A common question for parents everywhere:
DO NEW TEETH COMING IN = POOR SLEEP?
Have you ever heard the story of Catherine O’Leary’s Cow?
Back in 1871, the Chicago Tribune reported that the cause of the great Chicago Fire was a
cow, Catherine O’Leary’s cow to be precise, kicking over a lantern in the barn while it was
Unfortunately, the Tribune admitted later on that it had completely fabricated the story, but
that didn’t stop people from blaming Catherine and her cow from being widely blamed for
one of the greatest disasters in US history.
What’s this got to do with teething, you ask?
Nothing really, except that they’re both victims of some unnecessary scapegoating.
Teething gets blamed for just about every ailment imaginable when it comes to babies.
Baby’s got a fever? Probably because she’s teething. Baby’s crying more than normal? I bet
it’s sore gums from those teeth coming in. Baby’s got runny poop for a couple of days? I’ve
heard that diarrhea can be caused by teething.
Now, all of those things are potentially the result of a tooth coming in, that’s true. But most
parents are too quick to blame teething for any and all deviations from the norm as soon as
they notice that first tooth appearing below the gumline.
And this is especially true when it comes to sleep.
As parents, we’re predisposed to preventing discomfort in our babies, and that’s a good
thing, obviously. But the natural reaction when baby starts crying in the night is to go in and
do whatever we can to soothe them, which can lead to baby being unable to get to sleep
without that comfort.
So let’s say you’ve been sleep training for a couple of weeks, everything’s going well, and
then suddenly, you start to see a regression. Baby is suddenly waking up crying two or three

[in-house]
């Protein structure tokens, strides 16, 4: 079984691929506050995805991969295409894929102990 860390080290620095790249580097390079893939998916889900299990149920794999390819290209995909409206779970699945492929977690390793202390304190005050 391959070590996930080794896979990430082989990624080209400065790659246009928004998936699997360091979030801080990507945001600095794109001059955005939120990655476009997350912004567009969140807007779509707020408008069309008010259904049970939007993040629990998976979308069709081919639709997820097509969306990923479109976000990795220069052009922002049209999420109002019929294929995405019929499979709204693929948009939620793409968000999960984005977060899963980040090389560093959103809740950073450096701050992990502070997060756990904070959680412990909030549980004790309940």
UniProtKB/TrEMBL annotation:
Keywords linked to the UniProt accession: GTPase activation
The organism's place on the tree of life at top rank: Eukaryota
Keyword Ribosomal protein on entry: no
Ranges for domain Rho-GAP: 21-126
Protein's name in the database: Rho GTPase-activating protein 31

times a night. Naturally, you’re going to look for a reason why they’re slipping back into old
habits. And if there’s a tooth coming in, that provides a quick and easy answer.
And, of course, it’s not fair to leave baby to cry if they’re actually in pain and not just looking
for Mommy to come nurse them back to sleep, so you give in and decide you’ll get back to
sleep training once this whole teething thing is over with. Cut to a year later, and baby is still getting rocked or soothed to sleep every time they wake
up, because hey! I think there’s a tooth coming in!
So… just a couple of things to bear in mind before you give up on your sleep training routine
due to incoming choppers.
1. Teething symptoms last for around eight days, so if you’re looking at two weeks of baby crying through the night, it’s either due to some other ailment, or baby has once again learned that crying when he wakes up will bring his favorite person into the room, and she’ll
be helping him get back to sleep.
2. Teething symptoms are not nearly as uncomfortable as parents typically imagine
they are. We hear about teeth “breaking” or “erupting” through the gums, which conjures up
some cringe-worthy images, but nature is not nearly so heartless in this instance. Baby’s
gums move out of the way to allow for incoming teeth.
Long story short, according to many experts, teething doesn’t cause a significant amount of
So, once again, I’m not suggesting that you should ignore the teething thing altogether. Justbear in mind that new teeth are not the villain they’re often made out to be. And remember, baby’s going to be a lot happier while going through the process if he’s getting full nights of uninterrupted sleep.
The same thing goes for her or his parents 🙂